The general object of my present invention, therefore, is to provide an improved implement of the character described which obviates the aforedescribed disadvantages and can be implanted in a simple manner.
A more particular object is to provide means in such an implement for clamping an implanted conductor extremity to the heart muscle without additional surgical intervention.
In accordance with the present invention I provide a catheter-type electrode member for an implantable pacemaker, insertable from without through the epicardium into the heart muscle for the purpose of cardiac stimulation, which comprises a holder of dielectric material including a stem and an enlarged elastic pad. The holder encloses conductor means, specifically a single wire, connectable to an external source of electric pulses, the conductor means extending through the stem into the pad and forming therein a helically coiled portion which projects outwardly from a substantially flat major pad surface and terminates therebeyond in an arcuately curved electrically conductive hook of generally semicircular shape lying in a plane substantially perpendicular to the pad surface; a tip of the hook, pointing back toward this major pad surface, serves to hold the pad in a sutureless manner onto the surface of a patient's heart upon penetrating the epicardium.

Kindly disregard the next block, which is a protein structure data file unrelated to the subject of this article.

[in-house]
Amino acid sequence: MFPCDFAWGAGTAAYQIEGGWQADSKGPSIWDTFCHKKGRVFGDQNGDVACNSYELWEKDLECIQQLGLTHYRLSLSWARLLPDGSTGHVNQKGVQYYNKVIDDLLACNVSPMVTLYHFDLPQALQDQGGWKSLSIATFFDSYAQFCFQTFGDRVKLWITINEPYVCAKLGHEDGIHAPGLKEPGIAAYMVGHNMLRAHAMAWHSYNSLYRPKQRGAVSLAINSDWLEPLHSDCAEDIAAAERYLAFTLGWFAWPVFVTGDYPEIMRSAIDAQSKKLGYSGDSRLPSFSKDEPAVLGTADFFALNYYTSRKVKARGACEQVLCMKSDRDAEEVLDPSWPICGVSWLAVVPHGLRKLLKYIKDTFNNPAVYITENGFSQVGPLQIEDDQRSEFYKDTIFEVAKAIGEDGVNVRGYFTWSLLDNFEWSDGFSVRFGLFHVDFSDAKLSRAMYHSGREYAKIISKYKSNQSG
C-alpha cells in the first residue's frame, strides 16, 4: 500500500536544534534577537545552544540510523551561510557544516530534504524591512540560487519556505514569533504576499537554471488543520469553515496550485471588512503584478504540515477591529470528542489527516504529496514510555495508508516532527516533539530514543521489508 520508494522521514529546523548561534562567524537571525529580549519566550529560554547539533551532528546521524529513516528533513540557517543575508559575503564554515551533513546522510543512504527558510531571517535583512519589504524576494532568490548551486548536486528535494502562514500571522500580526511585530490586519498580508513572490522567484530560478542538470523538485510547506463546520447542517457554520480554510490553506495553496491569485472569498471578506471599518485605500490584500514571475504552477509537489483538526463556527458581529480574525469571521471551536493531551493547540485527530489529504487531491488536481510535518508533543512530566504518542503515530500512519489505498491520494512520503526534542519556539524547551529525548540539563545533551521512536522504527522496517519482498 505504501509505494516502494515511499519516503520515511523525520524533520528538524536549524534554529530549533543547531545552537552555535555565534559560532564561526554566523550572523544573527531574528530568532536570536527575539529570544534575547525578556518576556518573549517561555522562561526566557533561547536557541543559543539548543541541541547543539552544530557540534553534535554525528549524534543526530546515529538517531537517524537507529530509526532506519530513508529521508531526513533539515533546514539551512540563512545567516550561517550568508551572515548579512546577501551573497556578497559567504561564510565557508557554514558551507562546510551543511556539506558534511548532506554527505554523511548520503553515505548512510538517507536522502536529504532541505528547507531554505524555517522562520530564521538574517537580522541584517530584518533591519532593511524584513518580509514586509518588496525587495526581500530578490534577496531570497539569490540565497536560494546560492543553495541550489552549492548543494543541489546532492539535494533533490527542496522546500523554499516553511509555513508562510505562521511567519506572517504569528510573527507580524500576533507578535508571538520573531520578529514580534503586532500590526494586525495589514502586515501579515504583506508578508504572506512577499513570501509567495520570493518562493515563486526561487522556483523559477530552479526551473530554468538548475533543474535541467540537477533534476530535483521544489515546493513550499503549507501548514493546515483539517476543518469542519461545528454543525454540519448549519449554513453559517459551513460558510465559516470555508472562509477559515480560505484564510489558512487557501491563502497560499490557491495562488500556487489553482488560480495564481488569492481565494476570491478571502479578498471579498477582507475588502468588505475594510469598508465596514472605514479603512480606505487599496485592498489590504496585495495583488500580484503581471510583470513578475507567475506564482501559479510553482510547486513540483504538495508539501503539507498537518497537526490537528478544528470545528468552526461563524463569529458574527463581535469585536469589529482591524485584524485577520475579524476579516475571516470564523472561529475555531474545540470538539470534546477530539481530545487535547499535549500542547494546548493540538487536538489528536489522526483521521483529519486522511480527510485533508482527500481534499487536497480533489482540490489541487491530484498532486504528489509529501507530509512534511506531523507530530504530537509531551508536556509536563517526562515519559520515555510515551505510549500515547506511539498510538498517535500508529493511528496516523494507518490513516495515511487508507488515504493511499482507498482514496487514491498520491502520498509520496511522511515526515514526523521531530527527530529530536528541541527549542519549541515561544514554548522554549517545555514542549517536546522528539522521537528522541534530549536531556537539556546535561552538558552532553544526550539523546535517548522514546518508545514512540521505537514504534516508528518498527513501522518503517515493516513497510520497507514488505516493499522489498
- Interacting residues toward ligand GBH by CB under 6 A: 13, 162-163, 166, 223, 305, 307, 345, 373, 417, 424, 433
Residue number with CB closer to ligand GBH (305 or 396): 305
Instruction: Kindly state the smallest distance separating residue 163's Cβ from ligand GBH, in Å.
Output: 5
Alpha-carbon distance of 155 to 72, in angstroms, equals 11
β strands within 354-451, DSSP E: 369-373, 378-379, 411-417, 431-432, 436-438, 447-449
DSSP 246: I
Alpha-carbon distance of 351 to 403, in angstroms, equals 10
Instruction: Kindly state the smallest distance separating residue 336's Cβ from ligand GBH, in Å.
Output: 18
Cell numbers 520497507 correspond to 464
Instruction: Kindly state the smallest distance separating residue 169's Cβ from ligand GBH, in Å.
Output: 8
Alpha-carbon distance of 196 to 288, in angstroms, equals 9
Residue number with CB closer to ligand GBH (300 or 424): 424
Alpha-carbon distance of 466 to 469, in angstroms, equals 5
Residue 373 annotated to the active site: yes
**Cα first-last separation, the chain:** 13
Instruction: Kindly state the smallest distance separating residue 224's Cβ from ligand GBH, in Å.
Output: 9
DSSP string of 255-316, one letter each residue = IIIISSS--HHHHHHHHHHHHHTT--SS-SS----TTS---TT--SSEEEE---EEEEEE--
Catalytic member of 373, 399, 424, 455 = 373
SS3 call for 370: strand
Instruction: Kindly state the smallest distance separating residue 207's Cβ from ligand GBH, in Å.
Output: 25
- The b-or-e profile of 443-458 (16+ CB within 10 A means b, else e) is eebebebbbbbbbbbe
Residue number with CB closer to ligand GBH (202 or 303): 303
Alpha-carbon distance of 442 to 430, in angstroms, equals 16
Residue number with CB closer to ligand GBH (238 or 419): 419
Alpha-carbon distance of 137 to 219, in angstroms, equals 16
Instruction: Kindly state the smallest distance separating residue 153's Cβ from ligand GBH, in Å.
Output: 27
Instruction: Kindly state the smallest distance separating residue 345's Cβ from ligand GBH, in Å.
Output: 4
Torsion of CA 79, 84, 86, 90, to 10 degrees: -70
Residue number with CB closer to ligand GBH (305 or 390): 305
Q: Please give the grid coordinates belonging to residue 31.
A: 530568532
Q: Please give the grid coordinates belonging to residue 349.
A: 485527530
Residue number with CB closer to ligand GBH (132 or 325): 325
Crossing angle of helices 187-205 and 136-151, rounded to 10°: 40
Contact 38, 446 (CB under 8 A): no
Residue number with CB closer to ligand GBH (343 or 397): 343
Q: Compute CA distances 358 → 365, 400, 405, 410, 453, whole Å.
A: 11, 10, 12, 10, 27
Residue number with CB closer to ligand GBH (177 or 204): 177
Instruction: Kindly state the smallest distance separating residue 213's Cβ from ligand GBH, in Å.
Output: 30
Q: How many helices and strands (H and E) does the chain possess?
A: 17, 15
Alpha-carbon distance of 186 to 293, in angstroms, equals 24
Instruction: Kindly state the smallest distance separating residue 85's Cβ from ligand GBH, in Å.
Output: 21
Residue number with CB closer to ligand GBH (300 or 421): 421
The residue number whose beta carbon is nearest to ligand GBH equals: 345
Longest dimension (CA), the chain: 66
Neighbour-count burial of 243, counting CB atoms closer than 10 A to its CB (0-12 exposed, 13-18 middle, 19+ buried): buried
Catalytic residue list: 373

Pursuant to another aspect of my invention there is provided an implantable pacemaker including the aforedescribed electrode member together with a generator of electric pulses connected to its conductor means.
In use, the surgeon implants the hook through the epicardium in the patient's heart muscle with the aid of a tool gripping that hook while the heart muscle represses the resilient pad. As soon as that hook is released, the pad re-expands and gently but firmly clamps the hook under this resilient pressure to the muscle to prevent its spontaneous detachment therefrom. The approximately semicircular shape of the hook is particularly advantageous since it lets the tip of the hook come to rest against the pad upon release of the former, thereby positively shackling the holder to the flesh. Removal of the hook, however, is equally simple by the use of a similar tool and recompression of the pad to facilitate unhooking.
In a preferred embodiment, the stem is tubular and merges integrally into the resilient pad, the latter having the shape of a platform whose thickness substantially equals the outer diameter of the stem; this provides a highly compact structure occupying a minimum of space within the patient's chest.